Recently I published a post entitled, 'Mummy Blogging. Just how important is it?' and invited readers to give their response. This then is Noble Savages...
Blogger. No 'mummy' necessary
I have to admit something right off the bat; I didn't find the New York Times article in question all that controversial. Yes, it had a few snide remarks slipped in (some subtle, some pretty blatant) but that's to be expected considering the publication in which it was printed. Snobbery and elitism are handed out with the bagels and Pulitzers at that office, I can assure you. So I tend to take any criticism they heft towards other, smaller writers with a big, fat grain of salt. The title and accompanying graphic were pretty ridiculous with its suggestion that mothers who blog are neglecting their children to do so, but the article did raise some interesting points, namely about turning blogging from a social pastime to a brand or business.
On my own blog, I've expressed concerns and reservations about the direction that 'mummy blogging' is going, with all the sponsorship and ads and giveaways, but that's my own personal aversion to capitalism and corporate globalisation, not a dig at mummy blogging itself. What is mummy blogging anyway, Gappy asks us? Well, it's just as she says: mothers who blog. It's that plain and that simple.
Yet, it's not.
Because, like motherhood itself, it's complicated territory. Some of us write nearly exclusively about our children and the job of parenting them and that's okay -- after all, parenting is a really tough gig and a completely valid experience to want to document and get feedback on. Why do people write about sex, or relationships? Why are there entire sites dedicated to cooking, running, fashion, the works of Nietzsche, bungee jumping, folk music, cancer and who will win the next parliamentary election? Because they are interesting to the people interested in or experiencing those things. Because one (wo)man's trash is another's treasure. Because we're all individuals who go through stages in our lives when we need to reach out and connect with others going through, thinking about and writing about the same sorts of things.
But there does come a point when some of us, including me, start to resent the label that has been affixed to us because it feels limiting. When we accept a label we risk narrowing our audience, the topics we feel able to write about and, sometimes, our experience or enjoyment of the whole process. It doesn't have to be that way, of course, and every person will feel differently about it, but I think the vast majority of those who reject it are not doing so because we shun blogging mothers, or feel superior to those who are at the forefront of the movement and/or have happily accepted the label; we do it because we don't want to be pigeonholed any more so than a sports journalist would want to be known only for his cricket coverage and never what he writes on football, rugby, cycling and athletics.
Another apt comparison, from which I can draw on my own personal experiences, is that of the expatriate in a foreign land. Some 'expats', particularly those who are relatively new to living abroad, embrace the label with vigour. In order to find one's tribe, one must usually adopt a label of some sort in order to identify others in the same situation or interested in the same things. So at first the label is worn with pride and used to locate a community upon which one can rely and turn to for comfort and camaraderie in what is, at times, a frightening, lonely, challenging, life-altering experience. This is completely natural and normal. However, after a time, many grow tired of being known as 'the expat', the Other, the one who doesn't quite fit in. At some point, after a period of time which varies from person to person, most expats just want to settle into their adopted country and stop thinking about 'back home' so much. Hell, Noble Savage started as an expat and current events site! A few months later I became pregnant and BOOM! my blog went from expats and pundits to parents and everything in between.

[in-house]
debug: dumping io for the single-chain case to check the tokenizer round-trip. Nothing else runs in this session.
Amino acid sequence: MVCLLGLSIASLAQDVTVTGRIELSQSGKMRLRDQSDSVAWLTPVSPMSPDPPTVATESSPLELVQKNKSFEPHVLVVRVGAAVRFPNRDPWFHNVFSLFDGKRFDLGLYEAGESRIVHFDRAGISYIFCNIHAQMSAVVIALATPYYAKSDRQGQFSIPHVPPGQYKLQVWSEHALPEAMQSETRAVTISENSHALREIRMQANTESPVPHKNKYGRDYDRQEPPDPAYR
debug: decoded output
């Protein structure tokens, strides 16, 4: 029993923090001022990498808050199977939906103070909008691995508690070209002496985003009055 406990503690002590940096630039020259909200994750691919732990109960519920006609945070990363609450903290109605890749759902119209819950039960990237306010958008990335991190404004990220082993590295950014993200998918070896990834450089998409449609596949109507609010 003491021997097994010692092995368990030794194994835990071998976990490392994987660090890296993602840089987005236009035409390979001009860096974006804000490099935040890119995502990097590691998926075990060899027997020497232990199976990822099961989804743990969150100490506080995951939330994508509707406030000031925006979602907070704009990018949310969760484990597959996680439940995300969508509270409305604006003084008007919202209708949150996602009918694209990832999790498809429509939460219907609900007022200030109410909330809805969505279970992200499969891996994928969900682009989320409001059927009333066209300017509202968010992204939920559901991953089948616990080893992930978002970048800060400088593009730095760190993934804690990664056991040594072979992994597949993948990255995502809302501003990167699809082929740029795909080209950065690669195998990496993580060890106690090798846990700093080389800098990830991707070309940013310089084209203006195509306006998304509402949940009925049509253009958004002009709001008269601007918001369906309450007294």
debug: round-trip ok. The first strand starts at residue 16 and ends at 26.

Suddenly, I felt that I could write about a wider variety of topics and with a more diverse spread of readers. Even though I'd worn the expat label gladly and had made great friends and connections that way, I realised it had been holding me back. Not because blogging about that experience wasn't worthwhile, but because it constrained me within the parameters of what 'those kinds of blogs' are like. And it limited my writing, certainly. You only have to look at how infrequently I posted when my blog first began, in early 2005, to see that if it didn't have to do with my preconceived idea of what my site was about or what my readers wanted, I didn't really write about it. Once I lost the label I gained a new perspective, one that I felt freed me creatively. Obviously not everyone feels or will feel that way but it goes a long way in explaining why I've personally resisted the 'mummy blogger' tag.
I'm not ashamed to be a mummy blogger in that I am a woman who blogs about mothering and I am proud of that. I am not delusional, pampered or neglectful, as the New York Times article suggests, and I'm not a bore or irrelevant either. I write about what I want, how I want -- be that giving birth, breastfeeding and dealing with tantrums, or gender politics, grief and religion. I reject the label not because I don't like what it describes but because I don't want it to be stuck on a box in which I'm forced to climb.